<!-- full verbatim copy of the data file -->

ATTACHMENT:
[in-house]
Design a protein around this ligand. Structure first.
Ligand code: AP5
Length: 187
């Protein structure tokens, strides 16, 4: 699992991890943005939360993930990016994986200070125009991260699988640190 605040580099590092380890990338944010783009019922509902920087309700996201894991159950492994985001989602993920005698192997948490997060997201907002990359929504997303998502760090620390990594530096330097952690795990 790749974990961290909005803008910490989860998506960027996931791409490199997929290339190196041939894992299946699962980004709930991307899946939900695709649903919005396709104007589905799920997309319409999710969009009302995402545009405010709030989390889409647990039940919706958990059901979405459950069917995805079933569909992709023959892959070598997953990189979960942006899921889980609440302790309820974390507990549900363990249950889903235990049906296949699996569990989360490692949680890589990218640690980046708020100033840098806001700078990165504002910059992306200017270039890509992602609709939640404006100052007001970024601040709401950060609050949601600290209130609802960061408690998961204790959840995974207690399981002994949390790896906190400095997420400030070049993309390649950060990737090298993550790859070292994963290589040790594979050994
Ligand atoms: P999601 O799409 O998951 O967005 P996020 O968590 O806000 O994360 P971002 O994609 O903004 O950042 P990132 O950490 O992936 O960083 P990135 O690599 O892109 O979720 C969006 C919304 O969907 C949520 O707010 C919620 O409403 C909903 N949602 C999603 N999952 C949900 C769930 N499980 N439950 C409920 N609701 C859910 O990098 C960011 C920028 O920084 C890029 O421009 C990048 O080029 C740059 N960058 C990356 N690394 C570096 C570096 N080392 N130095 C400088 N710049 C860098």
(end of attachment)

[in-house]
Design a protein around this ligand. Structure first.
Ligand code: AP5
Length: 187
């Protein structure tokens, strides 16, 4: 699992991890943005939360993930990016994986200070125009991260699988640190 605040580099590092380890990338944010783009019922509902920087309700996201894991159950492994985001989602993920005698192997948490997060997201907002990359929504997303998502760090620390990594530096330097952690795990 790749974990961290909005803008910490989860998506960027996931791409490199997929290339190196041939894992299946699962980004709930991307899946939900695709649903919005396709104007589905799920997309319409999710969009009302995402545009405010709030989390889409647990039940919706958990059901979405459950069917995805079933569909992709023959892959070598997953990189979960942006899921889980609440302790309820974390507990549900363990249950889903235990049906296949699996569990989360490692949680890589990218640690980046708020100033840098806001700078990165504002910059992306200017270039890509992602609709939640404006100052007001970024601040709401950060609050949601600290209130609802960061408690998961204790959840995974207690399981002994949390790896906190400095997420400030070049993309390649950060990737090298993550790859070292994963290589040790594979050994
Ligand atoms: P999601 O799409 O998951 O967005 P996020 O968590 O806000 O994360 P971002 O994609 O903004 O950042 P990132 O950490 O992936 O960083 P990135 O690599 O892109 O979720 C969006 C919304 O969907 C949520 O707010 C919620 O409403 C909903 N949602 C999603 N999952 C949900 C769930 N499980 N439950 C409920 N609701 C859910 O990098 C960011 C920028 O920084 C890029 O421009 C990048 O080029 C740059 N960058 C990356 N690394 C570096 C570096 N080392 N130095 C400088 N710049 C860098």